Africa’s economy is dominated by micro, small and medium enterprises (MSMEs). According to the IFC, they account for up to 90% of businesses. Despite making up the vast majority of firms, financial institutions in the region are not set up to meet their needs. For formal MSMEs, there is a financing gap of $331B. Business that grow often must do so by reinvesting their cash flow.
When reinvesting profits is not enough, a company in an advanced market would have several options for getting the growth capital that they need. In Africa, MSMEs really only have one; the banks and the high-interest-rate credit that they provide. It’s not a recipe for success. “There are a lot of manufacturing businesses that fund Capex with 2-year money. You are not going to buy a house with a 2-year mortgage,” explains Adesuwa Okunbo Rhodes, the Founding Partner and Managing Director at Aruwa Capital Management. “You end up in a very difficult situation where you are just working for the bank.”
Aruwa Capital Management is a private equity fund focused on meeting the unmet demand for equity investments in West African SMEs. They are currently investing in Nigeria, where they are based, and opportunistically looking at Ghanaian companies. “A big part of our mantra is that we want to invest, we want to operate, and we want to empower these businesses so that long after we’ve exited, these are the success stories that we would be able to tell,” said Okunbo Rhodes
What makes Aruwa Capital Management special is not just that they partner with small businesses, but also that they bring a gender-lens to investing. For Okunbo Rhodes, this has two elements.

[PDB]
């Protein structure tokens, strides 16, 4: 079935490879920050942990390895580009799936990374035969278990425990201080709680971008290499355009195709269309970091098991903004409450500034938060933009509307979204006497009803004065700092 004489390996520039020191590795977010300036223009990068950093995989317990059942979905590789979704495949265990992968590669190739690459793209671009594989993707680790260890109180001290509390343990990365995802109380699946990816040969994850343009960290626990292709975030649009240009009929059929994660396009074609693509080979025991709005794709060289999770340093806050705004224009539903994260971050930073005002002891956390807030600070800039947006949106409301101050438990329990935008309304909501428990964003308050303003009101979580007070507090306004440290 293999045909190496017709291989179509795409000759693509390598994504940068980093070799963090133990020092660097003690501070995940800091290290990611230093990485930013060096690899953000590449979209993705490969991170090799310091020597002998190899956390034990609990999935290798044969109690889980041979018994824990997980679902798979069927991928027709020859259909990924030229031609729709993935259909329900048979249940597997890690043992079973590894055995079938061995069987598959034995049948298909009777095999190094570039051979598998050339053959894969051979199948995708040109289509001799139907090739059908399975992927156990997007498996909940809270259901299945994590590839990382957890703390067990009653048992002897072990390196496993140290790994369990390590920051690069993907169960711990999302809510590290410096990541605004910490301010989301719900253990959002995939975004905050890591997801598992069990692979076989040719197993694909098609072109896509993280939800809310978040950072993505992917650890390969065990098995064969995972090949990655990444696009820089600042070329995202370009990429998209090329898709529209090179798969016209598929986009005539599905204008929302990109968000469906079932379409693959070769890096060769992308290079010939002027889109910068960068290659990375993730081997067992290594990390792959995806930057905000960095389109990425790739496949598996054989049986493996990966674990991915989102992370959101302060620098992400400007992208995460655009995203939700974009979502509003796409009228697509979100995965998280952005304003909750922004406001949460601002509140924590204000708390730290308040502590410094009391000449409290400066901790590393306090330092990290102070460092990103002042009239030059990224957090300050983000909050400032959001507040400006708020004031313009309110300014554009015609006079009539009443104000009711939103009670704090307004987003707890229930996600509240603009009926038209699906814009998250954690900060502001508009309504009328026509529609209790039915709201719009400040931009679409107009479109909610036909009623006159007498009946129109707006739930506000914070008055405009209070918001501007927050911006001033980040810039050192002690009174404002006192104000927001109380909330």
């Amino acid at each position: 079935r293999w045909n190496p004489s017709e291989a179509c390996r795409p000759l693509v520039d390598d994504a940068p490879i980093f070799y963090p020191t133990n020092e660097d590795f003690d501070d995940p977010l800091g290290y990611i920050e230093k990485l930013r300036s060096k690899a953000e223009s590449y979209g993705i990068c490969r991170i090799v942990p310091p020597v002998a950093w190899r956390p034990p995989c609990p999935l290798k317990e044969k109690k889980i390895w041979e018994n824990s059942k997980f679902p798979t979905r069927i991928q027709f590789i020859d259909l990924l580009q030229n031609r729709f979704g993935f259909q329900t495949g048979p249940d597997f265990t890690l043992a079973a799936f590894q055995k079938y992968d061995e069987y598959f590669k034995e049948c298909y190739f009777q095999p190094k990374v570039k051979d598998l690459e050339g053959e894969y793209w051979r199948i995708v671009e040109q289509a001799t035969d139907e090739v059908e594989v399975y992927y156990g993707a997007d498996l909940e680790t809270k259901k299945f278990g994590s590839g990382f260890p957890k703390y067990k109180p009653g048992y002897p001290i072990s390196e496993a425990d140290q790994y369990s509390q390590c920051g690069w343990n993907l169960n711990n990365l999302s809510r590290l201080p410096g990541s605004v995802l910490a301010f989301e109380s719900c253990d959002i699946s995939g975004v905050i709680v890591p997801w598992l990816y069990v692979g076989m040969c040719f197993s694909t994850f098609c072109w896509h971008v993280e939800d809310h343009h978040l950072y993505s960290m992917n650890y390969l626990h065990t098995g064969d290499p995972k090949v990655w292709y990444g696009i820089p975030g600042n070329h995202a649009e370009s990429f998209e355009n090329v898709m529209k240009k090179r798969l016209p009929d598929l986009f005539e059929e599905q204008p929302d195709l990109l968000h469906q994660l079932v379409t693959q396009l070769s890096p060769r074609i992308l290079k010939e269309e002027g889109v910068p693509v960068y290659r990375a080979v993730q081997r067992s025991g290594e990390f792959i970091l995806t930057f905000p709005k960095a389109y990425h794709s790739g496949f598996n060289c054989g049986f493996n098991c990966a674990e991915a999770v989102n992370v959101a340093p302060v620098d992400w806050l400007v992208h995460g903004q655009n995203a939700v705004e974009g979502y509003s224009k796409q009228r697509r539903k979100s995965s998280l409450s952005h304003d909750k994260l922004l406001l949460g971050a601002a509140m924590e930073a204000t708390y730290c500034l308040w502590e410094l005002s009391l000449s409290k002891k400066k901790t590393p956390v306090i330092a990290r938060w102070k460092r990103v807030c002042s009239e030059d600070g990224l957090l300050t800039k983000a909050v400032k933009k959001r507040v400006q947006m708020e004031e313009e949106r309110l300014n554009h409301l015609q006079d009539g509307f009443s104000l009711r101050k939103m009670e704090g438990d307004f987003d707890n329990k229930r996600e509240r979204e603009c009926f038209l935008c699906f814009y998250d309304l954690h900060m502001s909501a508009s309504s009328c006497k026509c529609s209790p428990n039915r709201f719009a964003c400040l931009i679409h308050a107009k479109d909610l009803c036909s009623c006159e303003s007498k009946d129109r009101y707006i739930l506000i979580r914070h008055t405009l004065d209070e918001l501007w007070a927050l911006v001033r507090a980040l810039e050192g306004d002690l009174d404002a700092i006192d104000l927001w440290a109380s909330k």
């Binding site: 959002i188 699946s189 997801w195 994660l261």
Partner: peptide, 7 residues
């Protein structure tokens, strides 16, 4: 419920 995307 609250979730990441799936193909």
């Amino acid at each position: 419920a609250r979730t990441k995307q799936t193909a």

I can count on my fingers the number of women running funds in Africa.
The first is that Okunbo Rhodes wants her fund to be part of closing the gender investing gap. “I can count on my fingers the number of women running funds in Africa,” she said. She is striving for outsized returns so that in the future, investors won’t look twice before investing in a woman fund manager.
Secondly, the fund only invests in companies that either provide employment opportunities to women or make products that empower women. The fund’s first investment, Wemy Industries Limited, happened to tick both boxes. According to Aruwa’s website, Wemy manufactures “high-quality and affordable daily, disposable, personal hygiene products predominantly for women and infants, including sanitary pads, maternity pads and baby diapers.” They also employ women as distributors.
Adding productive capacity in this industry is important to Okunbo Rhodes. “We’re very happy that we’ll be able to improve the conditions for girls in northern Nigeria who may have never used a sanitary pad or women in rural areas in the east who are still giving birth on the floor with rags,” she said.
Many funds would pat themselves on the back and stop there, but not Aruwa Capital Management. They enforce what they preach. They have set a target with Wemy to double the percentage of women distributors in their value chain by the time that Aruwa exits. The fund invests their committed capital in tranches and not hitting a gender metric is as good of a reason as not hitting an EBITDA target for preventing or delaying the next tranche of funding.
Putting capital in the hands of more women is a very quick fix for the gender problem.
This is not charity. Okunbo Rhodes believes, and the research shows, that investing in women has better returns. If female-led funds have access to more capital, they will allocate more of it to women getting a better return to the fund and increasing the ability for that fund manager to attract more capital, continuing the cycle. “It is my point of view that until we change the balance in terms of the capital allocators, I don’t think much is going to change. Putting capital in the hands of more women is a very quick fix for the gender problem,” said Okunbo Rhodes. If we care about growth, equity, and building inclusive wealth across the African continent and around the world, it’s a problem we need to fix now.
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